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Kengo Kuma to design suspended museum on the Channel coast of France
France - May 31, 2018 - 08:15 5476 views
Kengo Kuma's firm Kengo Kuma & Associates has won the international competition to design the Maritime History Museum of Saint-Malo in France, the museum contains a trio of elongated units overlapping each other.
Developed in collaboration with engineering firm Egis Grand Ouest, quantity surveyor Lucigny Talhouet & Associés, acoustic consultant Theatre projects and landscape architecture firm Volga Urbanisme & Paysage, the floating museum will be built in one of the most emblematic cities in France, located in the north-east of Brittany, on the Channel coast.
Aiming to be the futuristic museum in the city, the Maritime History Museum will mark its maritime prestigious history through all the eras, combining past, present and future.
The goal of the project is to bring a dynamism to the city and create a deep impact with its emblematic and suspended form. The 6,000-square-metre building will contain permanent and temporary exhibitions, educational activities, events and restaurant.
"The project takes place in front of Duguay-Trouin dock and is a unique opportunity to balance with the “Intramuros” historial city fortifications. The new museum stands as a counterpoint, a new place of destination and attraction," said Kengo Kuma & Associates in its project description.
"It forms a key piece in terms of articulation between the historical city and the new districts. In opposition to the "Intramuros", anchored on its rocks and surrounded by its ramparts, the museum rises and opens onto its territory."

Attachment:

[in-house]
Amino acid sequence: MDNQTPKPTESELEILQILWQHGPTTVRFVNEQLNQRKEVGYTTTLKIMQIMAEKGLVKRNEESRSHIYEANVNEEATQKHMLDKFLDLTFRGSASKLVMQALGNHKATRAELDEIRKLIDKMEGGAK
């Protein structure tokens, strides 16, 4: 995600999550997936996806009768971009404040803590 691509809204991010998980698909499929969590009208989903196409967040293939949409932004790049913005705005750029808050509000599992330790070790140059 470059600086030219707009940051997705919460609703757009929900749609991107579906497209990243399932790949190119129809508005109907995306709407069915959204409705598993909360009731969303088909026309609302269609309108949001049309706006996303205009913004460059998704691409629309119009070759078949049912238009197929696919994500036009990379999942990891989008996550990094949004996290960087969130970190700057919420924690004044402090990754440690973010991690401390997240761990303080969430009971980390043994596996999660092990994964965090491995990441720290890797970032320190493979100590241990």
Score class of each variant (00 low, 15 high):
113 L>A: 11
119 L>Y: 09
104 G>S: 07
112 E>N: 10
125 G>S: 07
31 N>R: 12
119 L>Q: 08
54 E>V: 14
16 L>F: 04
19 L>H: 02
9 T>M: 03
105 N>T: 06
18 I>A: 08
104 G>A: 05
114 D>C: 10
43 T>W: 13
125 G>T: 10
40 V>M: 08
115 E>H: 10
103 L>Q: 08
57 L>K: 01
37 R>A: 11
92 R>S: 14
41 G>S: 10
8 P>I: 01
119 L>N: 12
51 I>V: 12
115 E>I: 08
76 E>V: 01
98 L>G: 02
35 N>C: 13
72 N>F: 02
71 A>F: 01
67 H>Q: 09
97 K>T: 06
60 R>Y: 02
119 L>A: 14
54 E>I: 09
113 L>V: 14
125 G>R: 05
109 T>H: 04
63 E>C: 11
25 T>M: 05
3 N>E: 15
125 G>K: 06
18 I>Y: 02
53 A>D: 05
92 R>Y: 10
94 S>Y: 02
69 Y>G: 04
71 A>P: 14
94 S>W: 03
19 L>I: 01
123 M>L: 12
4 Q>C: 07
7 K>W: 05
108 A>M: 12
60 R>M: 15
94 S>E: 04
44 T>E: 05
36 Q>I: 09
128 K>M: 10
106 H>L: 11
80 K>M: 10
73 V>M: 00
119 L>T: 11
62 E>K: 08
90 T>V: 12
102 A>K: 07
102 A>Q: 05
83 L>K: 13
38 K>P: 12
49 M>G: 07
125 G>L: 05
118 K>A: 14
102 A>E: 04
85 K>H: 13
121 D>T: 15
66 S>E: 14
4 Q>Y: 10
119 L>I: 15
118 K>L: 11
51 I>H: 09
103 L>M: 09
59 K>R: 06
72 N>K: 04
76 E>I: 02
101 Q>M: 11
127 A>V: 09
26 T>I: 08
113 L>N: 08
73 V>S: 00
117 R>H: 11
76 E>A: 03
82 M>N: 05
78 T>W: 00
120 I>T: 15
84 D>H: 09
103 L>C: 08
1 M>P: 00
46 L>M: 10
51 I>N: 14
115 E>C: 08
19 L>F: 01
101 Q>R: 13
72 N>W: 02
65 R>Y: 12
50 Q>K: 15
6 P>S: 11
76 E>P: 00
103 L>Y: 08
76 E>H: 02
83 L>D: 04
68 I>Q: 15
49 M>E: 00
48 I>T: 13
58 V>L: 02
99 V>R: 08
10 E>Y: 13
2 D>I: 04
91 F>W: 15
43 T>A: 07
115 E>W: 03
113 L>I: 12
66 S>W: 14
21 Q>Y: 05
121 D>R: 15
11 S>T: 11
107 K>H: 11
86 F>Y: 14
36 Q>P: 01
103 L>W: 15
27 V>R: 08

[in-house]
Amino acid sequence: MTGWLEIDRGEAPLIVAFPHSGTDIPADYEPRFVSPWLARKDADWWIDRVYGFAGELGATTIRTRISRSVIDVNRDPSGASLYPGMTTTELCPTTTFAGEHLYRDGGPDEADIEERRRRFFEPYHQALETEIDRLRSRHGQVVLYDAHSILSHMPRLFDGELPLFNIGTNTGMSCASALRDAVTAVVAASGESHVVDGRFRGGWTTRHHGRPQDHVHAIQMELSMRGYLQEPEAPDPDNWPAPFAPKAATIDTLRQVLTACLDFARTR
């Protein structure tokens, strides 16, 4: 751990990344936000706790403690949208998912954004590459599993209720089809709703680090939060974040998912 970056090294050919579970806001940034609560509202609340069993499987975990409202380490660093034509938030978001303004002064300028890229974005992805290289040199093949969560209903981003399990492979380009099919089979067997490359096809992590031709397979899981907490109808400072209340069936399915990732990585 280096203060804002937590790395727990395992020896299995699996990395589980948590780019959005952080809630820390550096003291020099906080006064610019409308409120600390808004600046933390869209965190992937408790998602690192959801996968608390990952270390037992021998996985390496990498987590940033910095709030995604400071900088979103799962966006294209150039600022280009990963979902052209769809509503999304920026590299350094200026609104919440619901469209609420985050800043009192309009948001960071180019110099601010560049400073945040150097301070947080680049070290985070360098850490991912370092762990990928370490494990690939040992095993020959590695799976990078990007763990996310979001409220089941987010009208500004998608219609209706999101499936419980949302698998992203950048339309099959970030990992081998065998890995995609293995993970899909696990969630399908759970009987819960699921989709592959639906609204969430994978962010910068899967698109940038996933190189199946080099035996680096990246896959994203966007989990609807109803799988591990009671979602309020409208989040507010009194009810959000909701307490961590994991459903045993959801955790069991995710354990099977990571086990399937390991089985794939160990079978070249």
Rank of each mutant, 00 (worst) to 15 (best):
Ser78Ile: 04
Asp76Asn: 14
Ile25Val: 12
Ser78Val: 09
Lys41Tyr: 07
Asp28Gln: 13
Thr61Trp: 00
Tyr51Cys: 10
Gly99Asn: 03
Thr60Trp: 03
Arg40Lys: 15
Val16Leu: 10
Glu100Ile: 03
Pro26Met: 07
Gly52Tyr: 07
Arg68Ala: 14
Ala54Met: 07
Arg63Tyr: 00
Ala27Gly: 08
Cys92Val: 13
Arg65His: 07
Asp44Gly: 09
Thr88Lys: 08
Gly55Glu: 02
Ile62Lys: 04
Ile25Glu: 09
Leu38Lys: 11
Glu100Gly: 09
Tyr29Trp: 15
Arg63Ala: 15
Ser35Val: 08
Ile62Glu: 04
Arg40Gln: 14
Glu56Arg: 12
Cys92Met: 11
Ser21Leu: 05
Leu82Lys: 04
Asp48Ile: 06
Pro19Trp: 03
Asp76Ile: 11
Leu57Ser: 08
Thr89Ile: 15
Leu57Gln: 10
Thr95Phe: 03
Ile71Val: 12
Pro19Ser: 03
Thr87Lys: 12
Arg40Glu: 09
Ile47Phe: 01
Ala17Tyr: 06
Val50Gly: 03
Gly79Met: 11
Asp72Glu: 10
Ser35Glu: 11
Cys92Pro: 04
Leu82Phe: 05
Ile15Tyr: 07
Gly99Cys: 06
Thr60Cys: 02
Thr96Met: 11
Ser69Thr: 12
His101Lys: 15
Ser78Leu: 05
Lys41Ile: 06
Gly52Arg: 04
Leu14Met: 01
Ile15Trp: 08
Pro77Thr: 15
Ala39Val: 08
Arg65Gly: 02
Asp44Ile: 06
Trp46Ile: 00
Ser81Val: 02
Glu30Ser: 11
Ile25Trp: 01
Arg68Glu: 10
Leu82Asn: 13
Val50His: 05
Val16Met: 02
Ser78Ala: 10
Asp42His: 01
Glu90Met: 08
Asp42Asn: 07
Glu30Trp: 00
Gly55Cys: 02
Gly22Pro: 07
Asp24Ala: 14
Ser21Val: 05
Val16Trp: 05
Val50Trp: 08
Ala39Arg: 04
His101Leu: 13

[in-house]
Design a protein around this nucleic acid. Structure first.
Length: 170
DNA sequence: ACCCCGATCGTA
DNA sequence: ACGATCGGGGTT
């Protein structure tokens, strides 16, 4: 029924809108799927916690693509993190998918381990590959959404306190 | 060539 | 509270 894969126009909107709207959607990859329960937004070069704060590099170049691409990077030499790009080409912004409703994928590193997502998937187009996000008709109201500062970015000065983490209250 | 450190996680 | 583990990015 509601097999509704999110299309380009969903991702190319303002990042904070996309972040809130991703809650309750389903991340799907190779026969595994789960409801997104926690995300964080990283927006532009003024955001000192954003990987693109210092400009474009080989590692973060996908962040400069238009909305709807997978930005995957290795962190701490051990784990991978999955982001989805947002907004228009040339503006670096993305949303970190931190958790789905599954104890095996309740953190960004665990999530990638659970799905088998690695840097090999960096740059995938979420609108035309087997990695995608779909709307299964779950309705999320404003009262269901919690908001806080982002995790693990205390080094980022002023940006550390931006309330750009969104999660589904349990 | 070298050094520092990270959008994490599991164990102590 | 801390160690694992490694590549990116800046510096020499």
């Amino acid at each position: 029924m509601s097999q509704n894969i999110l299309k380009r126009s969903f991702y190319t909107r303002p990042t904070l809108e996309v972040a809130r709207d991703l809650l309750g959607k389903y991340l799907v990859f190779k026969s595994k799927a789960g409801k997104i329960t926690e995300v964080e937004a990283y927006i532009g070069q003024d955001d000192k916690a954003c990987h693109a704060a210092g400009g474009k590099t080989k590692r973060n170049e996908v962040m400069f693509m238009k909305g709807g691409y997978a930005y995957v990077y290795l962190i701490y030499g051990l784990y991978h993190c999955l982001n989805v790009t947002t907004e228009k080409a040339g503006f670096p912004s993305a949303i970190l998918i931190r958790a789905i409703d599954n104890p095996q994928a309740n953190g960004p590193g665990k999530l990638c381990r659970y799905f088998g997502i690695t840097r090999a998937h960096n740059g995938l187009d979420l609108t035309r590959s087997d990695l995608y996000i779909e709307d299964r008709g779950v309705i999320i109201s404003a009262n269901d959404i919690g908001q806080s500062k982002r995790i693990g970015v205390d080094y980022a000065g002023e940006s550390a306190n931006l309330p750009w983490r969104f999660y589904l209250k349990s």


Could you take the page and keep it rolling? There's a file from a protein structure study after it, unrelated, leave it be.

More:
The building's architectural form responds to the harbor typologies and to both naval and industrial architecture facing it. The studio designed compact and vertical shape, echoing the existing silos. The museum is considered to be a new benchmark which allows to create large urban spaces necessary for the cultural program to breathe and offers a suspended unique museum experience.
"From the initial request to create a belvedere above the museum, we chose to create a “belvedere museum” offering a panoramic view directly from the exhibition spaces," explained the studio.
"Our design proposal strives to offer soft, efficient and evolutionary surfaces that can evolve over the time to absorb new collections as well as new museum practices. On the sea side, the wind sweeps and carves the volumes resulting in this volumetric singularity that characterizes the main entrance facade. This city-sea dichotomy, balance-imbalance, is highlighted and thus responds to the different contexts."
For the exterior skin, the studio chose an engraved zinc, rough with clear shades that captures the natural light and the special atmosphere of Saint-Malo.
"Its use in vertical elements randomizes the building giving a visual vibration that changes according to the viewpoint of the observer and the orientation of the sun. Its texture, light gray and slightly shiny, reflects the water and the sky," added the architects.
The Maritime History Museum will be blended in the landscape and it will not appear as a massive volume but as a filtered facade. The new museum is expected to open in 2022.
All images © Kengo Kuma & Associates + L'Autre Image
All drawings © Kengo Kuma & Associates
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